October 12, 2006
Ms. Jo Anne B. Barnhart
Commissioner Social Security Administration
6401 Security Boulevard
Baltimore, MD 21235-0001
RE: Proposed closing/consolidation of the Bristol, CT Social Security Office to New Britain.
Dear Commissioner Barnhart:
We would like to respectfully request reconsideration of the proposal to close the Bristol Social Security Office. We are united in believing that this proposal should be rejected. As you know, Regional Commissioner Manuel Vaz and Government Relations Director Kurt Czarnowski of the Boston Regional Office visited Bristol on Thursday October 5th to explain the proposal. We were pleased to hear Mr. Vaz emphasize that no final decision has been made on this matter, and we were on hand to listen to the public's response.
First, we note that the alleged savings would be minimal since the staff caseload for Bristol appears to be virtually identical to the staff caseload in New Britain. Therefore, there would be no cost savings from personnel. Based on demographic data shown in the Consolidation of the New Britain and Bristol Service Areas report submitted to our offices, the Bristol office serves approximately 12,000 clients with a total staff of five (5) employees. In addition, the report shows that the New Britain office services approximately 35,000 clients with a total staff of sixteen (16) employees. The Bristol office employs a third (1/3) of the staff than the New Britain office but handles a comparable number of social security cases.
The Bristol Chamber of Commerce and City Council Members made it abundantly clear that Bristol is in fact a regional hub, separate and unique from New Britain. The surrounding communities of Plymouth, Terryville, and Burlington access the Bristol office and would find transportation to the New Britain Social Security Office a hardship. In fact, the transportation infrastructure, as it currently exists, cannot meet the needs of Bristol residents and the surrounding towns should they need to travel to New Britain. The Dial-A-Ride Program from some towns will not transport clients to New Britain and is a program that is overwhelmed by current demands.
The Mayor of Plymouth testified that transportation to the New Britain Office would be a tremendous burden and nearly impossible for Plymouth residents. The town would not be able to provide Plymouth residents with access to a Social Security Office in New Britain. The Paratransit Regional Director testified that use of the town transportation system has already doubled between the years 2000 to 2006, and that they would not be able to accommodate a sudden increase for additional services.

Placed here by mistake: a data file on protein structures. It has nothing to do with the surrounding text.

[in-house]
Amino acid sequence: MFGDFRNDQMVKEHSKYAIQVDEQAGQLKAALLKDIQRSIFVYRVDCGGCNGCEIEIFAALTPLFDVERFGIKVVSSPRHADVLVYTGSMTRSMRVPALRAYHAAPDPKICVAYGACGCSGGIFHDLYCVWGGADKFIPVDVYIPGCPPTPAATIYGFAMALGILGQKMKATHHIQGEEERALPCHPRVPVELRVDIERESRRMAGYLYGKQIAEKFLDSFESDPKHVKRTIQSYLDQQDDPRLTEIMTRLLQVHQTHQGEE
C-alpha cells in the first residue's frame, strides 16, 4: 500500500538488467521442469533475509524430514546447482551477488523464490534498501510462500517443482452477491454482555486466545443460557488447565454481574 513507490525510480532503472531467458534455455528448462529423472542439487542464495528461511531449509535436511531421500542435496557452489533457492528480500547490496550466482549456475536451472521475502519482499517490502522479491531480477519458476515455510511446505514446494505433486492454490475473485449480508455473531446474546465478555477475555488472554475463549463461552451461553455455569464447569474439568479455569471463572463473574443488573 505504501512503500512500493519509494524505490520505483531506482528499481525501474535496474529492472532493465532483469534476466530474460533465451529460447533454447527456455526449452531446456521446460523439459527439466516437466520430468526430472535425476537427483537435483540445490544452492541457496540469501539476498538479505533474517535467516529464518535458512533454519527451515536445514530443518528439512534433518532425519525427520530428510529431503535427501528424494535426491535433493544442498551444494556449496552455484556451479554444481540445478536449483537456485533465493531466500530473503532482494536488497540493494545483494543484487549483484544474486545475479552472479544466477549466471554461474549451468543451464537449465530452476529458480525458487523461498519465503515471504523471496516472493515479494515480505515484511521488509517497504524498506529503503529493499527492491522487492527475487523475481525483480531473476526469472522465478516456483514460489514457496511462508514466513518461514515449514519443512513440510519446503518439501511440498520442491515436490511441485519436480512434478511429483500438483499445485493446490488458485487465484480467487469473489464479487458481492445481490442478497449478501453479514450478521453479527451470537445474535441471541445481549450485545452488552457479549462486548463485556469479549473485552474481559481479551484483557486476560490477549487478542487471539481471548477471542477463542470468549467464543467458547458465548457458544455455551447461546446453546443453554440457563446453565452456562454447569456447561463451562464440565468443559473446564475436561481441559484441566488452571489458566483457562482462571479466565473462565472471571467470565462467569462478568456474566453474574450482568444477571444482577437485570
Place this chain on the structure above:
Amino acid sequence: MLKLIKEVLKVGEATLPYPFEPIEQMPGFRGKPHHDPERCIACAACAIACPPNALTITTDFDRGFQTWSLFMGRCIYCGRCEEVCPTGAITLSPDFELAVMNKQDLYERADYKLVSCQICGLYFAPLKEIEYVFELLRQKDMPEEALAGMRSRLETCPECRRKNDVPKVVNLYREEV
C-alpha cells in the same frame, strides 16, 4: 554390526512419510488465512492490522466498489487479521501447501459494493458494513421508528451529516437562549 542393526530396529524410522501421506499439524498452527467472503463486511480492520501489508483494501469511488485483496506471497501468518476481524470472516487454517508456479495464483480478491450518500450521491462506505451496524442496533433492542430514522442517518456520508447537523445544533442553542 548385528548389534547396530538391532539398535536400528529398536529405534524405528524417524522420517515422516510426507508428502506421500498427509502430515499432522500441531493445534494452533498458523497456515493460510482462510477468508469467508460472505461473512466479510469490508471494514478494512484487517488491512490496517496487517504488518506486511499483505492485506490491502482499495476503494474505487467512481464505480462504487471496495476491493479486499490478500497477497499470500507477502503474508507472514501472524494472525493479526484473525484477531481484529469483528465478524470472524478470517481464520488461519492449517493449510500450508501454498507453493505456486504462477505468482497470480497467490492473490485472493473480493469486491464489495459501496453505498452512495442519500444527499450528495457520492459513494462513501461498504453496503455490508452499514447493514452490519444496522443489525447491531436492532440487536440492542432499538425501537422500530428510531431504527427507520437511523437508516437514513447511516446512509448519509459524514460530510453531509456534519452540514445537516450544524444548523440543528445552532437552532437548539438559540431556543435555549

Many residents who access the Bristol Social Security Office do not possess their own vehicle. Taking into consideration those individuals who do own automobiles, there is no direct route to the New Britain office and the additional travel and cost of gas for those on a fixed income creates an additional burden they cannot afford.
The Bristol Social Service employees took the recommended bus route from Bristol to New Britain. They stated at the meeting that this travel entailed three hours and three transfers to make a round trip, without counting the time involved for a representative to meet with them. We cannot ask that kind of travel and time of our disabled and elderly. Additional testimony from the citizens stated that many of the power scooters and wheelchairs could not keep batteries charged long enough for the bus ride, and that the buses could not accommodate all types of these battery powered vehicles.
The United Way recently completed a senior needs assessment for the area (see enclosed). The study pointed out six areas for improvement; two of which were transportation and access to services. This study also confirmed what census research on Bristol had shown. Bristol is a city with a higher population of senior residents; it has a senior population that is growing as is the population as a whole, and it has a higher percentage of disabled in this community than other cities in Connecticut.
Finally, citizens attending the meeting expressed very serious concerns about their lack of computer access, and dissatisfaction with the telephone service they have received from the New Britain office in the past. Although the Social Security Administration offers online services, many residents to do not have computer access. This would create another difficulty for many people. In contrast, citizens were extremely satisfied with the quality of service and interactions they had at the Bristol office.
The citizens and public servants of the City of Bristol have brought a new perspective demonstrating the need for a Social Security Office to remain in Bristol. They clearly stated they need the local office, and the compliments of the staff at the Bristol Office were generous and in notable quantity. We are united in believing that this proposal should be rejected. We ask that you review the issues that have been brought to our attention and strongly recommend that you reject the consolidation proposal.
CHRISTOPHER J. DODD JOSEPH I. LIEBERMAN JOHN B. LARSON
United States Senator United States Senator Member of Congress
CC: Mr. Manuel J. Vaz, Regional Commissioner